Ask your Internet search engine to look up “drone” and you will find that the word comes from an Old English word for male bee, and is onomatopoeic. It has also been used to denote idle men, like the pampered denizens of P.G. Wodehouse’s fictional Drones Club in London’s Mayfair district. And it describes the groaning noise made by a bagpipe. It is only in recent years that the word has acquired ominous overtones from its application to lethally armed military unmanned aircraft with names like “Predator.”

Perhaps it was the use of Predators as assassination vehicles by the CIA and Pentagon that raised an alarm when FBI Director Robert Mueller recently said that his agency uses drones in investigations, although sparingly. The Department of Justice says the Drug Enforcement Agency and the Bureau of Alcohol, Tobacco, Firearms and Explosives also use drones. Apparently none is armed. It should stay that way.

The news upset Sen. Dianne Feinstein, D-Calif. “The greatest threat to the privacy of Americans is the drone and the use of the drone, and the very few regulations that are on it today,” she said.

But Ms. Feinstein heads the Senate Intelligence Committee, which oversees the National Security Agency and its vast surveillance programs that have recently become the legitimate subject of privacy concerns. She approves of the NSA programs so her cry of alarm about drones seems oddly inconsistent. Unless, of course, she is trying to change the subject.

In any event, it is clear that the day of the drone—meaning a small unmanned flying vehicle — has arrived. As has the era of “big data” that allow companies to look over your shoulder as you cruise the web.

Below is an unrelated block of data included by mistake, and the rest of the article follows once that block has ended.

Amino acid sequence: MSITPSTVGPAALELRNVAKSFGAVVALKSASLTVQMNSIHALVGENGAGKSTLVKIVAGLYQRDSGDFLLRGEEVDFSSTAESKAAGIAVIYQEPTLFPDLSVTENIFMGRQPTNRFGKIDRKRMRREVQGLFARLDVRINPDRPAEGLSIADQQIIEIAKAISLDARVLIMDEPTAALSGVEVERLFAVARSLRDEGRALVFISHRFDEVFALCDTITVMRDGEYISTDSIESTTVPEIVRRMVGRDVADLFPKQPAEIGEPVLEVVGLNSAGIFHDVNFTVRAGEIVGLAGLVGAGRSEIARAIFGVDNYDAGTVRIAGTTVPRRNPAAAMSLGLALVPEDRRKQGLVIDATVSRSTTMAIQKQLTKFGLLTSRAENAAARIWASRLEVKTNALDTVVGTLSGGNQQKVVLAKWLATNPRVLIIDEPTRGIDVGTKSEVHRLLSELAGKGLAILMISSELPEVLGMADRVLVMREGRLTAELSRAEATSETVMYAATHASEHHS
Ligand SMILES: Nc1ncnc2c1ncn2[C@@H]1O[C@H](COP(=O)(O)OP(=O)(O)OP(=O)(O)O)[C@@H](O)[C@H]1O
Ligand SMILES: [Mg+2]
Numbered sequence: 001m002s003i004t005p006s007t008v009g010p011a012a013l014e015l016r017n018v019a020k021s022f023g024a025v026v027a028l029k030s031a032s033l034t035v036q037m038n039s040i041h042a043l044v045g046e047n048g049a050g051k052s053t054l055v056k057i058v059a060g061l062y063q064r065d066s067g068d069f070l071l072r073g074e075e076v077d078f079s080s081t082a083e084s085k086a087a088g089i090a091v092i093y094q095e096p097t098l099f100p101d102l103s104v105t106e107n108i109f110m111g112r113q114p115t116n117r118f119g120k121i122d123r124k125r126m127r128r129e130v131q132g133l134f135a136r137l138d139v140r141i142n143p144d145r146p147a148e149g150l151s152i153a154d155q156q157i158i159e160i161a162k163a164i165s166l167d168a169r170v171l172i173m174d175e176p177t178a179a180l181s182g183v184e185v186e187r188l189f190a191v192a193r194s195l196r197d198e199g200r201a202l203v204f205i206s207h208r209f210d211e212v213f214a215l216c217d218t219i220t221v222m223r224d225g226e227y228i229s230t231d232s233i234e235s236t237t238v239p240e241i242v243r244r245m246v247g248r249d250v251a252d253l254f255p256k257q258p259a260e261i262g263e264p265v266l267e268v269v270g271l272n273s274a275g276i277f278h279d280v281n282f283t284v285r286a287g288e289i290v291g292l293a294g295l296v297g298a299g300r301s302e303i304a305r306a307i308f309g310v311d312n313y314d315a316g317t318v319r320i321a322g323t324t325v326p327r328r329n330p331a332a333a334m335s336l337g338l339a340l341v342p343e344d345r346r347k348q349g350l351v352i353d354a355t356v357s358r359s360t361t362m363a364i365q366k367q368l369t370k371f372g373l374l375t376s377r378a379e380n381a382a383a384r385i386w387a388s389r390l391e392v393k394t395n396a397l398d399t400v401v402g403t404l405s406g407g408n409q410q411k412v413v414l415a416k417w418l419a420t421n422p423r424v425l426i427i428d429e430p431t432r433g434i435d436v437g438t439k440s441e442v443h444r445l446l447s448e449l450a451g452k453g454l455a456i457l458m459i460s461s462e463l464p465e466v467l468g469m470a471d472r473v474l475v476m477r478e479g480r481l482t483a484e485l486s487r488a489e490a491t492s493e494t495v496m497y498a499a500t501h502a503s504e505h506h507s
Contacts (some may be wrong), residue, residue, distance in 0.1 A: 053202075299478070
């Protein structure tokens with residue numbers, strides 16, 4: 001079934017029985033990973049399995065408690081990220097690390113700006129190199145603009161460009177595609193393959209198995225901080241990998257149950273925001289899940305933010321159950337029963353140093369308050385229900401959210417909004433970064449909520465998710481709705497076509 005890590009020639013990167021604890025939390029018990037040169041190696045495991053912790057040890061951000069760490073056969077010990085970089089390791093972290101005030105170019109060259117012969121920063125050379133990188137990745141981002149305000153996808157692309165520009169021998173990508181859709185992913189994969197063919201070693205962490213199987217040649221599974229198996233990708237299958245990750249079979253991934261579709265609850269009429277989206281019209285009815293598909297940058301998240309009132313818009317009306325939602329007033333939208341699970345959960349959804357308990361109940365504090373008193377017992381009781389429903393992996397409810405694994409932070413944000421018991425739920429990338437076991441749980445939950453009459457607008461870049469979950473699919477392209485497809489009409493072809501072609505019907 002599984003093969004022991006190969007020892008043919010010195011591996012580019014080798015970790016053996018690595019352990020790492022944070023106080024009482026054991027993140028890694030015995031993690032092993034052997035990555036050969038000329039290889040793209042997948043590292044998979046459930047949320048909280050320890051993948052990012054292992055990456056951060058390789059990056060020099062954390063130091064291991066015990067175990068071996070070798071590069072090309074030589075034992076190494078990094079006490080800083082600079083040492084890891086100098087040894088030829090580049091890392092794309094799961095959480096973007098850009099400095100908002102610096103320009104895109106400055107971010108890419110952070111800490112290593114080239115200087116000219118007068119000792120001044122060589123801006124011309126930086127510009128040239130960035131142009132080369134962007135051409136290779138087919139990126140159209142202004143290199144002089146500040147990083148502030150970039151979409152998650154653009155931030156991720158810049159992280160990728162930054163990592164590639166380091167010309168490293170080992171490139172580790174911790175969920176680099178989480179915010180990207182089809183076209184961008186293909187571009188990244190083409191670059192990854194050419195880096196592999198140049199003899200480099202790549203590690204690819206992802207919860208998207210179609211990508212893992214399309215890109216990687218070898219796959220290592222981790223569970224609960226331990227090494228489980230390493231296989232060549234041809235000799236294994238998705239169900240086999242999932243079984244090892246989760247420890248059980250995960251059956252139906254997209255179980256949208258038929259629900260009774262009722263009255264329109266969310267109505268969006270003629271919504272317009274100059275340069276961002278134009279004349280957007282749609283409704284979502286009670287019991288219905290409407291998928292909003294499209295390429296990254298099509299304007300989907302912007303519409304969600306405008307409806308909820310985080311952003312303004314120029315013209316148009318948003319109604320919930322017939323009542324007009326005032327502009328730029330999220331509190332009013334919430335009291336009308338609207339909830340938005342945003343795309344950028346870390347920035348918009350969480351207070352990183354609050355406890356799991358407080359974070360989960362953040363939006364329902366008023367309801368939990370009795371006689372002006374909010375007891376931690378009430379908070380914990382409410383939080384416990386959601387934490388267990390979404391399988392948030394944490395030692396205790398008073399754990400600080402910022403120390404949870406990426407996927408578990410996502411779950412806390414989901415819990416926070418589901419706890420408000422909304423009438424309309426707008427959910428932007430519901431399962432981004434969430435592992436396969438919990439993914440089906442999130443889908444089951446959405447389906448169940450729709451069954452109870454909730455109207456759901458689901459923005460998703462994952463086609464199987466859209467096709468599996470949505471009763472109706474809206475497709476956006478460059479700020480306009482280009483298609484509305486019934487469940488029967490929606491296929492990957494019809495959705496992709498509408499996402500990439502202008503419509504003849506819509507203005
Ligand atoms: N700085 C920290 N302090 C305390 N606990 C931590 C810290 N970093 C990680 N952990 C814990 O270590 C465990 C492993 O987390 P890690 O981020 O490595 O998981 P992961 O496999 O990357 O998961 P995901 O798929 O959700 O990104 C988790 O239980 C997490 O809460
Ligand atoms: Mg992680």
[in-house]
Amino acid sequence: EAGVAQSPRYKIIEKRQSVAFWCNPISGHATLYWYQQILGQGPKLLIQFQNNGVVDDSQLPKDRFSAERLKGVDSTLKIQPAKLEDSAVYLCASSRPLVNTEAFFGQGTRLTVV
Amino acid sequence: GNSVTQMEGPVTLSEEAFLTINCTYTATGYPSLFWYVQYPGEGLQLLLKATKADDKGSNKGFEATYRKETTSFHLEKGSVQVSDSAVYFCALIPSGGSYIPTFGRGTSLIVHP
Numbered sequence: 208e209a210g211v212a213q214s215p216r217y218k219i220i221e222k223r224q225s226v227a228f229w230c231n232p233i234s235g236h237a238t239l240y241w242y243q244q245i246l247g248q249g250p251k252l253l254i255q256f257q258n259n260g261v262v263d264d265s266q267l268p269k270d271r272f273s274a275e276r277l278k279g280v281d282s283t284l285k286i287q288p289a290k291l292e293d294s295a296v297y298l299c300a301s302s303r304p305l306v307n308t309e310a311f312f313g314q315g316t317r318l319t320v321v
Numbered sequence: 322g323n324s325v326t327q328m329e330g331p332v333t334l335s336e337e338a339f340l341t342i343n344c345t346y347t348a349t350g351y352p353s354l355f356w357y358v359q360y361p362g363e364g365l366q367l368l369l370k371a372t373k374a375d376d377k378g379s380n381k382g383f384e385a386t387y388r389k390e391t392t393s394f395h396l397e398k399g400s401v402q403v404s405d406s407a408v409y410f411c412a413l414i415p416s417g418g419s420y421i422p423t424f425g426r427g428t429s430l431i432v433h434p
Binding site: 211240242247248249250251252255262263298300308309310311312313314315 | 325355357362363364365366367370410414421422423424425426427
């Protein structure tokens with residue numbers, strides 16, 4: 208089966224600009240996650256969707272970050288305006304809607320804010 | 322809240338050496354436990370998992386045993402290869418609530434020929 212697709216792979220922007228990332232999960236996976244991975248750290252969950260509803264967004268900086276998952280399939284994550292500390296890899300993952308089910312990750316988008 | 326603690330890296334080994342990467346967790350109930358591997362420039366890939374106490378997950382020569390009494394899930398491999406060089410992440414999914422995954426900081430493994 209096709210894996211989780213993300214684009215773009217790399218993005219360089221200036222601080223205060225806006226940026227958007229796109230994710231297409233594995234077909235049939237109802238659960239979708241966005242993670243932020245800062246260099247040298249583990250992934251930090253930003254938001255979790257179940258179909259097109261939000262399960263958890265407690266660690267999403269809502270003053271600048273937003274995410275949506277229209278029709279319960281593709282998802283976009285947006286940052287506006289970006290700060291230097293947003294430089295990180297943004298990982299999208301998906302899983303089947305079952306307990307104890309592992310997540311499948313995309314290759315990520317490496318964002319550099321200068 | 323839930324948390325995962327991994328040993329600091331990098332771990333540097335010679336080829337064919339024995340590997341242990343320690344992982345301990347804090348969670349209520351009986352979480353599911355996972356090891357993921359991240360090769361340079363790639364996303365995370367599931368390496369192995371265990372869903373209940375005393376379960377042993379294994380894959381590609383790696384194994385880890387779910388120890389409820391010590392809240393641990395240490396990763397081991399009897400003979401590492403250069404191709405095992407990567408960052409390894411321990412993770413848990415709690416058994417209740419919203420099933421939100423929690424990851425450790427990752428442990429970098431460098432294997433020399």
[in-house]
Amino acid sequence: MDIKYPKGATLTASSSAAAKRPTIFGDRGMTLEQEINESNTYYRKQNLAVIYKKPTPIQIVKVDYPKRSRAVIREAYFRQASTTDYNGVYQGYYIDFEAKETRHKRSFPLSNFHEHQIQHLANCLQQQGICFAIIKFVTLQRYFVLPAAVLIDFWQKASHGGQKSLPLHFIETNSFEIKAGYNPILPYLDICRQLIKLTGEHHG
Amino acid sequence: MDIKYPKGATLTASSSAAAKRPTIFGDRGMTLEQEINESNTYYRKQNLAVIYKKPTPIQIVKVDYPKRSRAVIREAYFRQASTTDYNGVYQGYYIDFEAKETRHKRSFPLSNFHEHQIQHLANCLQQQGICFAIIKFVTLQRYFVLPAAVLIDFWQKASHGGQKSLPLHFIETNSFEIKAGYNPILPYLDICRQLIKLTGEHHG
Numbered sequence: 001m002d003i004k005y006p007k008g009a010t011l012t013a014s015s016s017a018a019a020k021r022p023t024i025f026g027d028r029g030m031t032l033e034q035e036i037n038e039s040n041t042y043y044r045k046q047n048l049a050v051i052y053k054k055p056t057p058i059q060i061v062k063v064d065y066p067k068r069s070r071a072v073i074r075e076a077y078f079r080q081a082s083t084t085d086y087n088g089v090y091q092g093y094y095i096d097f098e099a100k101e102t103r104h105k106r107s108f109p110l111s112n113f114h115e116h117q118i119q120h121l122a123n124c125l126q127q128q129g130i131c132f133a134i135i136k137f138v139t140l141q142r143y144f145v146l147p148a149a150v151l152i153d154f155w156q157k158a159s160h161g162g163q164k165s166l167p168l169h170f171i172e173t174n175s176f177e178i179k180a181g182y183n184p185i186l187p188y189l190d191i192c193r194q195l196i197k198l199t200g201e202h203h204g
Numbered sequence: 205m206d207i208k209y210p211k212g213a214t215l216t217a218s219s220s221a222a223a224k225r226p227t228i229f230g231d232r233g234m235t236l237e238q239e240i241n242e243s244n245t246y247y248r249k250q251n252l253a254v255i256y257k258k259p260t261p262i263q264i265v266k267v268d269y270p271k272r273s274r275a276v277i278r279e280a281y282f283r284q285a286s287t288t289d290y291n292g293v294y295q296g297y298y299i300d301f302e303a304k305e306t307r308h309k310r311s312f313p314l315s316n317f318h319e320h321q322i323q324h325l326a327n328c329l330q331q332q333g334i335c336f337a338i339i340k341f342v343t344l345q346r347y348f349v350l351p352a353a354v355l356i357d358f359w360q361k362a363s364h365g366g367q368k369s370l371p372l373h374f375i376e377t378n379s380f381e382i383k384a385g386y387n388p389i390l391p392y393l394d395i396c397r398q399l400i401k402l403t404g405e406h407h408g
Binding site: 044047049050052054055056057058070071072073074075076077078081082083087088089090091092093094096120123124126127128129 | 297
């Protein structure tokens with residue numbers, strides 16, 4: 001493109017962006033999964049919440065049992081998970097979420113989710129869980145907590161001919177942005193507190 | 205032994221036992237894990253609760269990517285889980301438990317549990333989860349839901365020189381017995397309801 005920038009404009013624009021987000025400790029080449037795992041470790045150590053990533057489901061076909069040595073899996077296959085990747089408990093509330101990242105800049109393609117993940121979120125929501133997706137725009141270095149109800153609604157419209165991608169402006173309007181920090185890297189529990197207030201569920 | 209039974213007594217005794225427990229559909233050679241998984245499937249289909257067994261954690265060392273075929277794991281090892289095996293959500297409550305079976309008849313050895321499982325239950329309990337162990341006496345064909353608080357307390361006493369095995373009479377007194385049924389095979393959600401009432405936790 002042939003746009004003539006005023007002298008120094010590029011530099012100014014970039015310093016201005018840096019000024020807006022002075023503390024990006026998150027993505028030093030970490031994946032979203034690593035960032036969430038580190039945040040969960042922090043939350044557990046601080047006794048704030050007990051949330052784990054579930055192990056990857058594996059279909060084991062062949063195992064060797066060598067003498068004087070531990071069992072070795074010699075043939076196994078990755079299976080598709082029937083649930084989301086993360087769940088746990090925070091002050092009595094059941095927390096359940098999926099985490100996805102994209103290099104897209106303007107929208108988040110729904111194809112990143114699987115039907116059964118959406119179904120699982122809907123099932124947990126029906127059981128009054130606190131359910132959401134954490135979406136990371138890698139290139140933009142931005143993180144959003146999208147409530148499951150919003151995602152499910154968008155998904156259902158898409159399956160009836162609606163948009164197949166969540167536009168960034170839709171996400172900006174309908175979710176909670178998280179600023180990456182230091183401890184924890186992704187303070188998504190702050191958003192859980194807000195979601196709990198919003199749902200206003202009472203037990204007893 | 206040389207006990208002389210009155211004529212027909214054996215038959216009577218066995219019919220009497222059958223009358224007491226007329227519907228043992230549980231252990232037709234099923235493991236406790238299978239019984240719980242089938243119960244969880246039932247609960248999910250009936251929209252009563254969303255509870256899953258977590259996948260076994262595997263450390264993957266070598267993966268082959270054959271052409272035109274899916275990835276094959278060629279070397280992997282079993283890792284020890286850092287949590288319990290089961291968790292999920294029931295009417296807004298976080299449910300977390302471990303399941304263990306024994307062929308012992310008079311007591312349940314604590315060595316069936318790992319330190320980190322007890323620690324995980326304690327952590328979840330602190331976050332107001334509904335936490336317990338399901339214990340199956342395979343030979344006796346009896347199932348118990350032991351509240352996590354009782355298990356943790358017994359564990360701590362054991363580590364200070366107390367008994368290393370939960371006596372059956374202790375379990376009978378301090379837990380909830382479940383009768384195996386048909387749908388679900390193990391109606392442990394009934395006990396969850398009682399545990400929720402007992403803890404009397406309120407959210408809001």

On the Internet you will find many remote-controlled flying vehicles for sale at prices ranging from several hundred to several thousand dollars. Click on one of these offers, and odds are ads for this product will begin to crop up on your web pages. Someone, or more likely some computer program, has noted your interest in drones and now your Internet Service Provider is selling ads targeted at you.

You may also reasonably worry that your on-line query has been swept up by the NSA and lies there in its vast archive, waiting for an investigator who has been tasked to look at all communications using the word “drone.”

Now maybe your neighbor has bought a drone and is using it to peer over your backyard fence where you are sunbathing. Invasion of privacy? That’s tough to prove when the sky above your abode is crisscrossed daily by police helicopters, private aircraft, scheduled airliners, assorted military aircraft and even satellites that can read a license plate number from space. All of them can look down on your yard.

Drones and “big data” are whittling away at our zones of privacy and we seem to have few defenses. It is time Congress paid attention to the issues they raise.